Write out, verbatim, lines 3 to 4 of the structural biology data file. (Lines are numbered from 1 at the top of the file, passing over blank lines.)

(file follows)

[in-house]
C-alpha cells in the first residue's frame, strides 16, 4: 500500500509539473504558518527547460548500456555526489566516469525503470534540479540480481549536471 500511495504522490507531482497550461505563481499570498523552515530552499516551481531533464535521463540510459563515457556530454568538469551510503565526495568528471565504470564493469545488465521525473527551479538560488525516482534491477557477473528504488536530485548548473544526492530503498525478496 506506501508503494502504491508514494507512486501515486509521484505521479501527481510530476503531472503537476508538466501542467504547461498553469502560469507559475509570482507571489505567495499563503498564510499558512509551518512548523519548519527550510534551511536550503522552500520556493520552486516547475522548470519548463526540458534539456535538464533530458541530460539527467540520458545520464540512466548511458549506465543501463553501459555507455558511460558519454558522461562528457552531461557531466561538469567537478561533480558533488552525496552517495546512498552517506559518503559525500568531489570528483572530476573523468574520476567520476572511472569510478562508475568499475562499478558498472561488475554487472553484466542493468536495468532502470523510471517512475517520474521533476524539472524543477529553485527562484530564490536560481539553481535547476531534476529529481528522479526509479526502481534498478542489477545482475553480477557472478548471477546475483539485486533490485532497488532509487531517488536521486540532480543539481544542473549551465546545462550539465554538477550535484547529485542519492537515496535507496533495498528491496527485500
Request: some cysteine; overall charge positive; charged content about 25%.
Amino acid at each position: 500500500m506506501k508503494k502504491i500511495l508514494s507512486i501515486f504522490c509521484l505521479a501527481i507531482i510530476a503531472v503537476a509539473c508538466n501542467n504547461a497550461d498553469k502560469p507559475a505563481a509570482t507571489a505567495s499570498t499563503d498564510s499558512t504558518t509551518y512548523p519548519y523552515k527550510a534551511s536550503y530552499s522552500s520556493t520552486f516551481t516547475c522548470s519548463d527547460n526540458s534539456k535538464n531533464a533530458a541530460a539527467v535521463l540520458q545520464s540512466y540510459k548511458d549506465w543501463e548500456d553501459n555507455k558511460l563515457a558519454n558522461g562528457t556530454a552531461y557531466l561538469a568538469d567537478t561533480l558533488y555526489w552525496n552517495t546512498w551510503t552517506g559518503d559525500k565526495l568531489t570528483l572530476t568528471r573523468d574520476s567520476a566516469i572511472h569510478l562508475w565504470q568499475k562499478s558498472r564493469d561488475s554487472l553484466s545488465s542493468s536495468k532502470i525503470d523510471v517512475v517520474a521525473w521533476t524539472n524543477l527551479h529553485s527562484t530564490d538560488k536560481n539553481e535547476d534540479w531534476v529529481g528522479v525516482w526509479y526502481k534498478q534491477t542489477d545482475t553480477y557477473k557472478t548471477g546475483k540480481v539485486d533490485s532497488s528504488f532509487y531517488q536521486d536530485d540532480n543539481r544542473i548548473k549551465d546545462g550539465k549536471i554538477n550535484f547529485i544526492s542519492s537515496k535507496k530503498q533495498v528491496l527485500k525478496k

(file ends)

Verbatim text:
Request: some cysteine; overall charge positive; charged content about 25%.
Amino acid at each position: 500500500m506506501k508503494k502504491i500511495l508514494s507512486i501515486f504522490c509521484l505521479a501527481i507531482i510530476a503531472v503537476a509539473c508538466n501542467n504547461a497550461d498553469k502560469p507559475a505563481a509570482t507571489a505567495s499570498t499563503d498564510s499558512t504558518t509551518y512548523p519548519y523552515k527550510a534551511s536550503y530552499s522552500s520556493t520552486f516551481t516547475c522548470s519548463d527547460n526540458s534539456k535538464n531533464a533530458a541530460a539527467v535521463l540520458q545520464s540512466y540510459k548511458d549506465w543501463e548500456d553501459n555507455k558511460l563515457a558519454n558522461g562528457t556530454a552531461y557531466l561538469a568538469d567537478t561533480l558533488y555526489w552525496n552517495t546512498w551510503t552517506g559518503d559525500k565526495l568531489t570528483l572530476t568528471r573523468d574520476s567520476a566516469i572511472h569510478l562508475w565504470q568499475k562499478s558498472r564493469d561488475s554487472l553484466s545488465s542493468s536495468k532502470i525503470d523510471v517512475v517520474a521525473w521533476t524539472n524543477l527551479h529553485s527562484t530564490d538560488k536560481n539553481e535547476d534540479w531534476v529529481g528522479v525516482w526509479y526502481k534498478q534491477t542489477d545482475t553480477y557477473k557472478t548471477g546475483k540480481v539485486d533490485s532497488s528504488f532509487y531517488q536521486d536530485d540532480n543539481r544542473i548548473k549551465d546545462g550539465k549536471i554538477n550535484f547529485i544526492s542519492s537515496k535507496k530503498q533495498v528491496l527485500k525478496k